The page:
GUTS BUT NO GLORY: Why beheading videos may be a sign of Daesh desperation

Saturday October 1st 2016

By Zecharias Zelalem

Eerie music is playing in the background. Despite knowing the grim horrors of what is to come, any sane viewer who dares to watch one of these gruesome murder videos cannot help but hold his/her breathe. In the next scene of the video, a dozen or so men, hands tied behind their backs, are shepherded into an abattoir by two or three militants clad in long white tunics. One of them has a giant knife. The victims are forced to lie in a pile in a corner faces downwards. One by one, they are dragged off by the depraved barbaric militants who then cling them to meat hooks used to suspend sheep upside down in midair, and facilitate their slaughter. Except that instead of cattle as is custom, adult men, probably heads of households and sole breadwinners are the ones being forced to hang upside down awaiting their slaughter, or having already been killed, to facilitate the draining of their blood.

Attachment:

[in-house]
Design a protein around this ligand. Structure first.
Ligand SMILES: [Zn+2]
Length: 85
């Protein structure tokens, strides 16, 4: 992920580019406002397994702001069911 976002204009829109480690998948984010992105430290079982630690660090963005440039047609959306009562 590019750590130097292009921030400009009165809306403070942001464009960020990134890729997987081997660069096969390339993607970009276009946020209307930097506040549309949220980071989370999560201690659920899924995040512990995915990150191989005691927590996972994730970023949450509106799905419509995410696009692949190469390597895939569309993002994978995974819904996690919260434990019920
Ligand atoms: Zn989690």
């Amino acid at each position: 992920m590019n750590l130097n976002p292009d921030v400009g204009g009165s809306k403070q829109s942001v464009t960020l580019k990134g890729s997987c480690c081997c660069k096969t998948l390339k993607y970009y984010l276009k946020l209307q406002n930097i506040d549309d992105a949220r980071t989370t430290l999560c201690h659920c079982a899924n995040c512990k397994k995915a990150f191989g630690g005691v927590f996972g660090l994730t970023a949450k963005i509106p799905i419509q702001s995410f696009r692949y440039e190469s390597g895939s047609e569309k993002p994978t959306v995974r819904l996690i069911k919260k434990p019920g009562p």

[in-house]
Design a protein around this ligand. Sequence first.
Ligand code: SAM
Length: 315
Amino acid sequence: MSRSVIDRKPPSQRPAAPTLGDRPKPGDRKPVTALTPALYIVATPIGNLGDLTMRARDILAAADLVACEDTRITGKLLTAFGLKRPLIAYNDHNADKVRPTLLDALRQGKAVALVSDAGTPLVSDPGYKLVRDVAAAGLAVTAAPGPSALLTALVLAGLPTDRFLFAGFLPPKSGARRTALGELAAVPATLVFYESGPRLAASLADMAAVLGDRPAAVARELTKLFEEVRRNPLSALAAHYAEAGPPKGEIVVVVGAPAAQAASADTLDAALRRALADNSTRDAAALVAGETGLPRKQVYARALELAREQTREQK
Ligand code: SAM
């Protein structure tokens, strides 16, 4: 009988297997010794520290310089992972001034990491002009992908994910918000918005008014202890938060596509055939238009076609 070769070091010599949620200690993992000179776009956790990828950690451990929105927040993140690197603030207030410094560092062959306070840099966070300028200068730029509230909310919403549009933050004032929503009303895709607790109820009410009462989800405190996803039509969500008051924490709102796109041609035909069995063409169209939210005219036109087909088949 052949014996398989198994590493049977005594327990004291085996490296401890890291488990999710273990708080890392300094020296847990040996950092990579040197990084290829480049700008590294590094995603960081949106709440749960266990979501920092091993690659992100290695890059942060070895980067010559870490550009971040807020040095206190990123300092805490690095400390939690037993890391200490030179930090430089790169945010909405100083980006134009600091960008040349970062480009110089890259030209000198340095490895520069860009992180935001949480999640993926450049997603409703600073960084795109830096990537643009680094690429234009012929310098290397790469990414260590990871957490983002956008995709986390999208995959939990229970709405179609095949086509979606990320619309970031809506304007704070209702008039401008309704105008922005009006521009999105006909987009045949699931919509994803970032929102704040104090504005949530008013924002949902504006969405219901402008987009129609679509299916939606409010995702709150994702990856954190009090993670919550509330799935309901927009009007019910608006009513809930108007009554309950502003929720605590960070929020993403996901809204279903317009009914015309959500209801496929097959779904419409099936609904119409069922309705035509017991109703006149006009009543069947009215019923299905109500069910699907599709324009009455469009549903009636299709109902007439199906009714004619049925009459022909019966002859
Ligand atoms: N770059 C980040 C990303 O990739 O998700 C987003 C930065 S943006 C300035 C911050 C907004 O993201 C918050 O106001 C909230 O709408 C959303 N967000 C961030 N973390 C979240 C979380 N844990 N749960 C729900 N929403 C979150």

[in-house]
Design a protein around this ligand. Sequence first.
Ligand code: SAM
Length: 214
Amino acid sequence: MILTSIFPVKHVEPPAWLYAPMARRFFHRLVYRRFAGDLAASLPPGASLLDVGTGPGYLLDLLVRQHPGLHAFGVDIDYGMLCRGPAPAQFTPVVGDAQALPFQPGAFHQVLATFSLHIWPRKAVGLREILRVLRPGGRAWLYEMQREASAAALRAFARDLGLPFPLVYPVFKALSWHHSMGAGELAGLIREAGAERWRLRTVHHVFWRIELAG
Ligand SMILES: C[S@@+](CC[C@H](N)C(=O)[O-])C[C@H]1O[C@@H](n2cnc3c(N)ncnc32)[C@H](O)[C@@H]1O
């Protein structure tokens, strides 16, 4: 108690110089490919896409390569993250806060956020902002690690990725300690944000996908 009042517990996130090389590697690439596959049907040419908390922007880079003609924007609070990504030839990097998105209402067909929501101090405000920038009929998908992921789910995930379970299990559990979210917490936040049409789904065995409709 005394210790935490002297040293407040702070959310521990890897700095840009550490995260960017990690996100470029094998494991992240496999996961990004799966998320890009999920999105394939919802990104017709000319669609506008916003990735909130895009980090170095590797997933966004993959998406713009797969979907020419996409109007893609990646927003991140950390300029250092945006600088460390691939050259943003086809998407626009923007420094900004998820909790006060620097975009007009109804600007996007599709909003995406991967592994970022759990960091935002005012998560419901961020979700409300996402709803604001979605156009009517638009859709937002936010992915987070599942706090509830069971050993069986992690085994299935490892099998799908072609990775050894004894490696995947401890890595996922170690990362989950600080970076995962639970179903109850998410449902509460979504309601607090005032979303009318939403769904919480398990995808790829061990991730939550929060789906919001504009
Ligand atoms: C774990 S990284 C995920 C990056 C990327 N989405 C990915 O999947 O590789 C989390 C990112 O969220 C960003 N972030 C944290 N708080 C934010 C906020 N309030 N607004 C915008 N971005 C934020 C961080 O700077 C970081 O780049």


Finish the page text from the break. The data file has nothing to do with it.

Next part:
The extremely graphic video showing murders of about a dozen or so “spies,” was released by Wilayat Al Khayr, the media wing of Daesh, who also refer to themselves as the Islamic State of Iraq and the Levant (ISIL). The video titled “The making of Illusion,” is the terrorist group’s depraved stab at dark humour, as the video was released on the first day of the Muslim holiday of Eid Al Adha. Muslims celebrate Abraham’s willingness to sacrifice his own son at Allah’s command. The sick twist on the holy occasion saw the unfortunate group of men have their throats slit one after the other, in what Abu Mohammed, founder of the rights group Raqqa is Being Slaughtered Silently described as “the worst video we have ever seen.” The final victim in the video is seen being knelt down and being psychologically tormented in the worst way possible, forced to examine the carnage of the slaughter aftermath all around him. Walked on ground now drenched in the blood of his friends, past their corpses suspended in mid air all around him, he knows his fate is sealed and breaks down, sobbing uncontrollably. He isn’t spared the fate of his comrades and is promptly killed in the same manner.